Fit to Print

Separating credible news from the muck

The recent release of Project Censored: The Movie, which encourages media consumers to pay attention to what they’re being fed and by whom, is well-timed for readers in Sonoma County and beyond.

This past month, five radio stations—KSRO, the Mix, Hot 101.7, the River and Froggy—were sold by East Coast corporate parent Maverick Media back to the local ownership of Sonoma Media Group, helmed by Lawrence Amaturo. Similarly, rumors have continued to spread about Sonoma Media Investments, which already owns the Press Democrat, Petaluma’s Argus-Courier and the Sonoma Index-Tribune and other associated publications, and which founder Darius Anderson has hinted will be buying even more newspapers.

Project Censored: The Movie, which premiered at the Sonoma International Film Festival earlier this month, chronicles the nonprofit located at Sonoma State University whose mission is to “teach students and the public about the role of a free press in a free society—and to tell the news that didn’t make the news and why.”

Some news, as the film suggests, is simply junk food. In an attempt to be honest about what news is and isn’t, Google’s senior director of news and social products this month came out against news outlets printing thinly veiled marketing campaigns as news.

“Google News is not a marketing service, and we consider articles that employ these types of promotional tactics to be in violation of our quality guidelines,” said Richard Gingras, in a statement. Additionally, it was announced that if an online site mixes news content with marketing materials, the entire publication may be excluded from appearing in Google News searches. A win for media credibility!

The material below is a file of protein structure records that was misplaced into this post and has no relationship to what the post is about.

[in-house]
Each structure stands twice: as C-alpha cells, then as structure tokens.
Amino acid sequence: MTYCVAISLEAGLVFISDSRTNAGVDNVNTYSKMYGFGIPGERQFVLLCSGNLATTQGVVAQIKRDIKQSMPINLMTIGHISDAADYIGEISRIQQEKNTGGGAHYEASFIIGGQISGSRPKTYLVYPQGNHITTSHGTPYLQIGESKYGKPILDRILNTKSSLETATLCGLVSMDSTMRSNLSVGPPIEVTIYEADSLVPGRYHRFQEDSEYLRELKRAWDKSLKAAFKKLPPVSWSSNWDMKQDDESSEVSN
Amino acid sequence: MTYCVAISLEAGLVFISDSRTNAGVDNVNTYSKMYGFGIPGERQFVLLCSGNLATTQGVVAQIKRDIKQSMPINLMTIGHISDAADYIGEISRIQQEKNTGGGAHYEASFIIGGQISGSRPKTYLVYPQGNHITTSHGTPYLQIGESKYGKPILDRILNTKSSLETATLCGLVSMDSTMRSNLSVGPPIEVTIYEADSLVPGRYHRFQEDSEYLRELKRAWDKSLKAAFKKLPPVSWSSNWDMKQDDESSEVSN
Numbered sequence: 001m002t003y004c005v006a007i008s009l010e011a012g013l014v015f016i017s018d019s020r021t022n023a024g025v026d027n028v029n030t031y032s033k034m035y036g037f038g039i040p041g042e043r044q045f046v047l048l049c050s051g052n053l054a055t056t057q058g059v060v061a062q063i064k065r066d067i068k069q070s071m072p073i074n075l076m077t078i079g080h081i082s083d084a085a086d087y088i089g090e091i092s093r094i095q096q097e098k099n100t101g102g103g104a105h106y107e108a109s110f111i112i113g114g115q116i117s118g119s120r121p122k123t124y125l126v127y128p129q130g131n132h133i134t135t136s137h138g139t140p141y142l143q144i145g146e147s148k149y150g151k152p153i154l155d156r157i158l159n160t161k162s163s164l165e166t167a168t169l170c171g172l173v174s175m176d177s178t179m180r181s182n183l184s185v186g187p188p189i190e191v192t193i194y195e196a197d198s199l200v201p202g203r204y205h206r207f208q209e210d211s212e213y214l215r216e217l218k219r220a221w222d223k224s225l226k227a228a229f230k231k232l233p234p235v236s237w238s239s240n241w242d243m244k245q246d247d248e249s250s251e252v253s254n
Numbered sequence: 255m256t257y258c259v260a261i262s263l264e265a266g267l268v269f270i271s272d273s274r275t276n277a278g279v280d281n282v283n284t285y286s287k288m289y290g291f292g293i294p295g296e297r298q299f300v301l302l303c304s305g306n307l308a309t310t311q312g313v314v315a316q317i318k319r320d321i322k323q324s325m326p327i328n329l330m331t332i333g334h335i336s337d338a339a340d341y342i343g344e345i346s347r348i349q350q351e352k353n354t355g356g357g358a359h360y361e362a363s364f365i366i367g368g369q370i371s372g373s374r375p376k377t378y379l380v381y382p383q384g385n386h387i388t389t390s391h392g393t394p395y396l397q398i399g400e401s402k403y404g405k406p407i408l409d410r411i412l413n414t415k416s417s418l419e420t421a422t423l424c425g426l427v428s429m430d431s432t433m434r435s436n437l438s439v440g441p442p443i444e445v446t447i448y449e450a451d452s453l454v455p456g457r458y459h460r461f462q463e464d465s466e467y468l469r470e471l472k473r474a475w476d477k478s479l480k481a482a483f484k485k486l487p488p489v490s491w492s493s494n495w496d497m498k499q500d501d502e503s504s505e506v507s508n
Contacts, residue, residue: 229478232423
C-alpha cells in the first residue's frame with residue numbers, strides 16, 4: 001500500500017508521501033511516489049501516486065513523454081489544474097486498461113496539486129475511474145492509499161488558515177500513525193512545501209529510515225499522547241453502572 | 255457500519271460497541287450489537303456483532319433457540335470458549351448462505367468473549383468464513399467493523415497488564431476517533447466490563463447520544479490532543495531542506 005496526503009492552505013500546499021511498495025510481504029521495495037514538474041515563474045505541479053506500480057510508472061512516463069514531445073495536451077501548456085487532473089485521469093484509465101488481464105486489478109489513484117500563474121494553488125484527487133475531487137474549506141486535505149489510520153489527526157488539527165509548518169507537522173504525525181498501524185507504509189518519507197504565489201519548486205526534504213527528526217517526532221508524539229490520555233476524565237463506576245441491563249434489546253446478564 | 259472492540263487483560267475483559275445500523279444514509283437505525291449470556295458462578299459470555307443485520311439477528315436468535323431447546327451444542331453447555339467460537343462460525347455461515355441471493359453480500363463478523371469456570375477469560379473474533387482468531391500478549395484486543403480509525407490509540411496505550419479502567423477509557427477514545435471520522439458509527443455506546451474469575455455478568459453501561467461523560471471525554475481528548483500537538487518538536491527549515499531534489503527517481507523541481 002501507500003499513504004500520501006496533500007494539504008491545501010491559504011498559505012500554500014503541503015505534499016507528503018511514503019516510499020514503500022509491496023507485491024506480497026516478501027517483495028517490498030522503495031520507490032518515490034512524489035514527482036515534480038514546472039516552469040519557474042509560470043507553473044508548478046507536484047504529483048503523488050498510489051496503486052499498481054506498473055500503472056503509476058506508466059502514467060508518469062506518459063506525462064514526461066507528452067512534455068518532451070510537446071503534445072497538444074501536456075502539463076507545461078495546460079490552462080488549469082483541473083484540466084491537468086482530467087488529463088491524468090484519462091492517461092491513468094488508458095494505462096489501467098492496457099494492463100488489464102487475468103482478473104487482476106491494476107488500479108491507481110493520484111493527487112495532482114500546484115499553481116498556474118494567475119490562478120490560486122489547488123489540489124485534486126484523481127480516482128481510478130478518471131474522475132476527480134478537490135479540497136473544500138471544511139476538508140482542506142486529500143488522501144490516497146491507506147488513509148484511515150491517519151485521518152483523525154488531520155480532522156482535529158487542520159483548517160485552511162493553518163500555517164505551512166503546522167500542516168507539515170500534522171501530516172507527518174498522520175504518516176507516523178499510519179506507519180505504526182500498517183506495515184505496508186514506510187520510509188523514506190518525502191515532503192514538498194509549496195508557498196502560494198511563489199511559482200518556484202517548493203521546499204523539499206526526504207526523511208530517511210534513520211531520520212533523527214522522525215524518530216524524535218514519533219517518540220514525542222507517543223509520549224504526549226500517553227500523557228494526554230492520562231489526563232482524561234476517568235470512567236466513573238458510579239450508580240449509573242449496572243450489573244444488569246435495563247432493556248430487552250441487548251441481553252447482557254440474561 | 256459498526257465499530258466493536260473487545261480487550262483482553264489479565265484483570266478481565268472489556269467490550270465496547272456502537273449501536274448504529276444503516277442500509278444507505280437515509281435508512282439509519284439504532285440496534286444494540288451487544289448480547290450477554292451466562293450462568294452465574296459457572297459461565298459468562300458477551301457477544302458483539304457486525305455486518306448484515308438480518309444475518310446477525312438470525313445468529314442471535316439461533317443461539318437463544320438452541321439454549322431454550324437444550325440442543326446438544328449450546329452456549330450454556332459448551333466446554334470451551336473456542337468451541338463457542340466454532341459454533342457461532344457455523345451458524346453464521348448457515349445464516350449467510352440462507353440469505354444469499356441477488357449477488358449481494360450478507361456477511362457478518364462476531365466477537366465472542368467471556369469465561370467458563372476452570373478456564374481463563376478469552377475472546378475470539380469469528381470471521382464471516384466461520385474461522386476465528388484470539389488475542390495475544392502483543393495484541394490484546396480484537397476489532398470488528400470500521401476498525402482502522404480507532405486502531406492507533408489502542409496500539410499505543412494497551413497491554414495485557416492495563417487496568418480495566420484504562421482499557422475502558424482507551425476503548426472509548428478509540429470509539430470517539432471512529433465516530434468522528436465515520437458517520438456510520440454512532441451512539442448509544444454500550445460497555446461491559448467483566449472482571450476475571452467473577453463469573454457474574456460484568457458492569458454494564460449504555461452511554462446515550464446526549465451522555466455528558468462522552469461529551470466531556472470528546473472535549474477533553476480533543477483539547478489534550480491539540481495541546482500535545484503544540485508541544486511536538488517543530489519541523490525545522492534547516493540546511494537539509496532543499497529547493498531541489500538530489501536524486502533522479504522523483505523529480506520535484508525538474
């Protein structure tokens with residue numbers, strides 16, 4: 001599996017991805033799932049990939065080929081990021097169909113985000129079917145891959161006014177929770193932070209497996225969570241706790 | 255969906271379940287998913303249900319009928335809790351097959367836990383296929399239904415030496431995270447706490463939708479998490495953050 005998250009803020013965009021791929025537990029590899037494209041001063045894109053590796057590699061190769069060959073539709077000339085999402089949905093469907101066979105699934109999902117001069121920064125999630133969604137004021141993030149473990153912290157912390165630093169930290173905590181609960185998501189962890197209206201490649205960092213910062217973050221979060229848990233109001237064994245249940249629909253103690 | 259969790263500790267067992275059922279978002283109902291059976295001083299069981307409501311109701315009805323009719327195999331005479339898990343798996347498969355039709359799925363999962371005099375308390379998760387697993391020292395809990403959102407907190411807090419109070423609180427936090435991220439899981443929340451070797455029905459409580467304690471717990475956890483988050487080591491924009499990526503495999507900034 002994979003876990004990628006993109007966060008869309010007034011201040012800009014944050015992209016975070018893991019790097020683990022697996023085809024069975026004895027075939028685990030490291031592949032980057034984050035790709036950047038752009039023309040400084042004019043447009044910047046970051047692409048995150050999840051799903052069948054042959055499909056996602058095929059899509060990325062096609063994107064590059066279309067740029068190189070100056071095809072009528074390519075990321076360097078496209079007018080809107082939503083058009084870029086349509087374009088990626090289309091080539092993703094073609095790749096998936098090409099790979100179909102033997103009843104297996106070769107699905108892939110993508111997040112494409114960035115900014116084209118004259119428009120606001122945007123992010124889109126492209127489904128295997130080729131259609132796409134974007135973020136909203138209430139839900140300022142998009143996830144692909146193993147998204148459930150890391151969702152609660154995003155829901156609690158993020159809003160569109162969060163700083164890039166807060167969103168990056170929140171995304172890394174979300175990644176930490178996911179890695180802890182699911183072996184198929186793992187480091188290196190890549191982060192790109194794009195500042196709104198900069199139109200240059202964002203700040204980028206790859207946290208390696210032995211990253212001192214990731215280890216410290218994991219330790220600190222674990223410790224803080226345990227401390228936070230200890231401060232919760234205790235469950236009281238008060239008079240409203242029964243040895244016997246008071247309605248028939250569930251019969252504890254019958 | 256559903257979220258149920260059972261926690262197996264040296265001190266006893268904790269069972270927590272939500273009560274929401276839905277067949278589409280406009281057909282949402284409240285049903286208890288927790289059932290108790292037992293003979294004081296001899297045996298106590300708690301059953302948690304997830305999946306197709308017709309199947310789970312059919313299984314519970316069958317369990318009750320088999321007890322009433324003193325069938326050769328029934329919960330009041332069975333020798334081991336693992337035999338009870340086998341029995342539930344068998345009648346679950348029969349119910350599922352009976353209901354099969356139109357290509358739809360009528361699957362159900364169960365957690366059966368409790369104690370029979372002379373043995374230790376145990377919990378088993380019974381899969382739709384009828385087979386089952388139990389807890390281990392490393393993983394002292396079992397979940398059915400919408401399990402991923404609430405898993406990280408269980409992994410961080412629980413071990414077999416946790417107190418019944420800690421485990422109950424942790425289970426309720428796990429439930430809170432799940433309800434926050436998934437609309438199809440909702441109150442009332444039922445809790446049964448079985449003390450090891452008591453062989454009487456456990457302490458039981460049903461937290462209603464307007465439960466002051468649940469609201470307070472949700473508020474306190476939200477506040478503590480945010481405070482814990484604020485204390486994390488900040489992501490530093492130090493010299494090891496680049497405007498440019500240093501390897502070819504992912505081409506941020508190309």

It is difficult, in this day and age, to know which are the credible news sources. From small publications influenced by both advertisers and local government to huge corporate news outlets promoting larger agendas, there is often a disconnect from what is written and what is really going on. In the Project Censored film, Khalil Bendib, a political cartoonist, talks about how corporate ownership of news can stifle the truth: “General Electric owns NBC. General Electric is a bomb maker. NBC is not going to be against war.” This dynamic isn’t foreign to smaller local media outlets either, as demonstrated by the scrutiny applied to Anderson’s affiliations and those of his partners.

In the era of junk food news, as Project Censored: The Movie says, it’s vital for news consumers to truly understand the reason stories appear, and to constantly question what’s presented.

Jenna Loceff is a former reporter for the North Bay Business Journal, a speaker on ethics and business journalism for the Journalism Association of Community Colleges, and a new contributor to the Bohemian. She writes about media at